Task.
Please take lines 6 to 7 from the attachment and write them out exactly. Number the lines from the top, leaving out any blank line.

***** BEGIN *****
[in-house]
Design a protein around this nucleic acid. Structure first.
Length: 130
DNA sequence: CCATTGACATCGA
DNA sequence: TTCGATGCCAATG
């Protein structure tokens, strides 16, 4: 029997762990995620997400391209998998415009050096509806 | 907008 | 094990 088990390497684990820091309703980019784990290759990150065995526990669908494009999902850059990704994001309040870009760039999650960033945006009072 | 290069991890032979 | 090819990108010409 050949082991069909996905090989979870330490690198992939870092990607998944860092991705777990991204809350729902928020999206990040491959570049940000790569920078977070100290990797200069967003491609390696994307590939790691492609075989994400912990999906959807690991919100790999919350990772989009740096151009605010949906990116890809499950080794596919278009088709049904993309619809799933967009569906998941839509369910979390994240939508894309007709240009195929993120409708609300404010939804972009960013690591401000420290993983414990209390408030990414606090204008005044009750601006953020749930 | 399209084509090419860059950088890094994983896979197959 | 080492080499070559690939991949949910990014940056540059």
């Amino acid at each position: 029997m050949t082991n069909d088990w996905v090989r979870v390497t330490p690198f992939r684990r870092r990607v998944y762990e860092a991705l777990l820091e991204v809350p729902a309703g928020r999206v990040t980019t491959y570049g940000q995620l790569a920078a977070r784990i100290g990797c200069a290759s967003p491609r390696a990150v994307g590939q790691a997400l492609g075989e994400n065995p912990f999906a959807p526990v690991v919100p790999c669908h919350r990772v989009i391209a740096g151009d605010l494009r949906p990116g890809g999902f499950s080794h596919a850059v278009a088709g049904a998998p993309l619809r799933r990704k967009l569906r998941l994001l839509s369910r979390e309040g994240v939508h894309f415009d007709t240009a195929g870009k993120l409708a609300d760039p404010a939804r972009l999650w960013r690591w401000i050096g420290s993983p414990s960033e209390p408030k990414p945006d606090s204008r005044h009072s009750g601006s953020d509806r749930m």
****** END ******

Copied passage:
């Protein structure tokens, strides 16, 4: 029997762990995620997400391209998998415009050096509806 | 907008 | 094990 088990390497684990820091309703980019784990290759990150065995526990669908494009999902850059990704994001309040870009760039999650960033945006009072 | 290069991890032979 | 090819990108010409 050949082991069909996905090989979870330490690198992939870092990607998944860092991705777990991204809350729902928020999206990040491959570049940000790569920078977070100290990797200069967003491609390696994307590939790691492609075989994400912990999906959807690991919100790999919350990772989009740096151009605010949906990116890809499950080794596919278009088709049904993309619809799933967009569906998941839509369910979390994240939508894309007709240009195929993120409708609300404010939804972009960013690591401000420290993983414990209390408030990414606090204008005044009750601006953020749930 | 399209084509090419860059950088890094994983896979197959 | 080492080499070559690939991949949910990014940056540059």
């Amino acid at each position: 029997m050949t082991n069909d088990w996905v090989r979870v390497t330490p690198f992939r684990r870092r990607v998944y762990e860092a991705l777990l820091e991204v809350p729902a309703g928020r999206v990040t980019t491959y570049g940000q995620l790569a920078a977070r784990i100290g990797c200069a290759s967003p491609r390696a990150v994307g590939q790691a997400l492609g075989e994400n065995p912990f999906a959807p526990v690991v919100p790999c669908h919350r990772v989009i391209a740096g151009d605010l494009r949906p990116g890809g999902f499950s080794h596919a850059v278009a088709g049904a998998p993309l619809r799933r990704k967009l569906r998941l994001l839509s369910r979390e309040g994240v939508h894309f415009d007709t240009a195929g870009k993120l409708a609300d760039p404010a939804r972009l999650w960013r690591w401000i050096g420290s993983p414990s960033e209390p408030k990414p945006d606090s204008r005044h009072s009750g601006s953020d509806r749930m």